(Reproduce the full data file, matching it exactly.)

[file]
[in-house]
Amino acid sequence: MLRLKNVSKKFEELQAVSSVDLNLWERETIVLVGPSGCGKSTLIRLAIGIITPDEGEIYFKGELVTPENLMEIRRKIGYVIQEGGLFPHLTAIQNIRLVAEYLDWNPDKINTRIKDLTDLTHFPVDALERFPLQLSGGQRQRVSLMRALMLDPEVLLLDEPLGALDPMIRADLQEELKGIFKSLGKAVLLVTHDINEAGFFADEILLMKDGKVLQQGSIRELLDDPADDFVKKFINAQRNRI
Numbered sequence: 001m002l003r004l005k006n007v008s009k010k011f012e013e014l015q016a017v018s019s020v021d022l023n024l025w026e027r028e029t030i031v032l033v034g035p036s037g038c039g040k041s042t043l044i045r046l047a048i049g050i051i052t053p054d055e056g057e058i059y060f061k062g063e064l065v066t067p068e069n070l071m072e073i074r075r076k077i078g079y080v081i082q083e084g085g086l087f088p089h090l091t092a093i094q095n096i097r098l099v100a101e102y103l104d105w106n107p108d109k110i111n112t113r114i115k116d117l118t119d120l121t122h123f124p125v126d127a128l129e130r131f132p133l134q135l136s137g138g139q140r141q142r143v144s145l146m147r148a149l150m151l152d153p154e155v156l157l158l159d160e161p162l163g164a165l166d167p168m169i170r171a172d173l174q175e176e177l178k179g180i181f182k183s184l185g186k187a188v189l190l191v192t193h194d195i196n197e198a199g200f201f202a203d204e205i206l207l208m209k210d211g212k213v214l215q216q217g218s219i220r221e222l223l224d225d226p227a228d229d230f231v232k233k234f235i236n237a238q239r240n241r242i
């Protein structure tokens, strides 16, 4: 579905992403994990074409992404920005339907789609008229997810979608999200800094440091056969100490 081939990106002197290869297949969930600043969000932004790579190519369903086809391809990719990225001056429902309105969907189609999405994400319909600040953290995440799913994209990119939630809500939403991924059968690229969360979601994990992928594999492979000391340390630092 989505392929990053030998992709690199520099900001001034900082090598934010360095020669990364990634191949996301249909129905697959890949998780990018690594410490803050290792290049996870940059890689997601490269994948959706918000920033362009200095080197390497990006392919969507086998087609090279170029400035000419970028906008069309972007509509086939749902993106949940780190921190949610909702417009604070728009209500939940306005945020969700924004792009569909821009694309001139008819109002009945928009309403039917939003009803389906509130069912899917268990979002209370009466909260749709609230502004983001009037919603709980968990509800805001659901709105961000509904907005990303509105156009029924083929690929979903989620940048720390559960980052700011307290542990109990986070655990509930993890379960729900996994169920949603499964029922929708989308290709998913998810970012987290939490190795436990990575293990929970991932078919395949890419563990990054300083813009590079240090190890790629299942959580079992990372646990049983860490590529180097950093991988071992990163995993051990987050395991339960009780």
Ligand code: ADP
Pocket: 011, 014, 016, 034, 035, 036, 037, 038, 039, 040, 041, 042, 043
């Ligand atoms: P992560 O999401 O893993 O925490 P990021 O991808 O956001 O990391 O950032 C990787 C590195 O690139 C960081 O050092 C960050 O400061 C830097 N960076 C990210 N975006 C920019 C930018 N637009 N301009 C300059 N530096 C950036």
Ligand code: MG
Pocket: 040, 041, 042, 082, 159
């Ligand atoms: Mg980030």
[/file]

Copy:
[in-house]
Amino acid sequence: MLRLKNVSKKFEELQAVSSVDLNLWERETIVLVGPSGCGKSTLIRLAIGIITPDEGEIYFKGELVTPENLMEIRRKIGYVIQEGGLFPHLTAIQNIRLVAEYLDWNPDKINTRIKDLTDLTHFPVDALERFPLQLSGGQRQRVSLMRALMLDPEVLLLDEPLGALDPMIRADLQEELKGIFKSLGKAVLLVTHDINEAGFFADEILLMKDGKVLQQGSIRELLDDPADDFVKKFINAQRNRI
Numbered sequence: 001m002l003r004l005k006n007v008s009k010k011f012e013e014l015q016a017v018s019s020v021d022l023n024l025w026e027r028e029t030i031v032l033v034g035p036s037g038c039g040k041s042t043l044i045r046l047a048i049g050i051i052t053p054d055e056g057e058i059y060f061k062g063e064l065v066t067p068e069n070l071m072e073i074r075r076k077i078g079y080v081i082q083e084g085g086l087f088p089h090l091t092a093i094q095n096i097r098l099v100a101e102y103l104d105w106n107p108d109k110i111n112t113r114i115k116d117l118t119d120l121t122h123f124p125v126d127a128l129e130r131f132p133l134q135l136s137g138g139q140r141q142r143v144s145l146m147r148a149l150m151l152d153p154e155v156l157l158l159d160e161p162l163g164a165l166d167p168m169i170r171a172d173l174q175e176e177l178k179g180i181f182k183s184l185g186k187a188v189l190l191v192t193h194d195i196n197e198a199g200f201f202a203d204e205i206l207l208m209k210d211g212k213v214l215q216q217g218s219i220r221e222l223l224d225d226p227a228d229d230f231v232k233k234f235i236n237a238q239r240n241r242i
């Protein structure tokens, strides 16, 4: 579905992403994990074409992404920005339907789609008229997810979608999200800094440091056969100490 081939990106002197290869297949969930600043969000932004790579190519369903086809391809990719990225001056429902309105969907189609999405994400319909600040953290995440799913994209990119939630809500939403991924059968690229969360979601994990992928594999492979000391340390630092 989505392929990053030998992709690199520099900001001034900082090598934010360095020669990364990634191949996301249909129905697959890949998780990018690594410490803050290792290049996870940059890689997601490269994948959706918000920033362009200095080197390497990006392919969507086998087609090279170029400035000419970028906008069309972007509509086939749902993106949940780190921190949610909702417009604070728009209500939940306005945020969700924004792009569909821009694309001139008819109002009945928009309403039917939003009803389906509130069912899917268990979002209370009466909260749709609230502004983001009037919603709980968990509800805001659901709105961000509904907005990303509105156009029924083929690929979903989620940048720390559960980052700011307290542990109990986070655990509930993890379960729900996994169920949603499964029922929708989308290709998913998810970012987290939490190795436990990575293990929970991932078919395949890419563990990054300083813009590079240090190890790629299942959580079992990372646990049983860490590529180097950093991988071992990163995993051990987050395991339960009780």
Ligand code: ADP
Pocket: 011, 014, 016, 034, 035, 036, 037, 038, 039, 040, 041, 042, 043
């Ligand atoms: P992560 O999401 O893993 O925490 P990021 O991808 O956001 O990391 O950032 C990787 C590195 O690139 C960081 O050092 C960050 O400061 C830097 N960076 C990210 N975006 C920019 C930018 N637009 N301009 C300059 N530096 C950036």
Ligand code: MG
Pocket: 040, 041, 042, 082, 159
């Ligand atoms: Mg980030």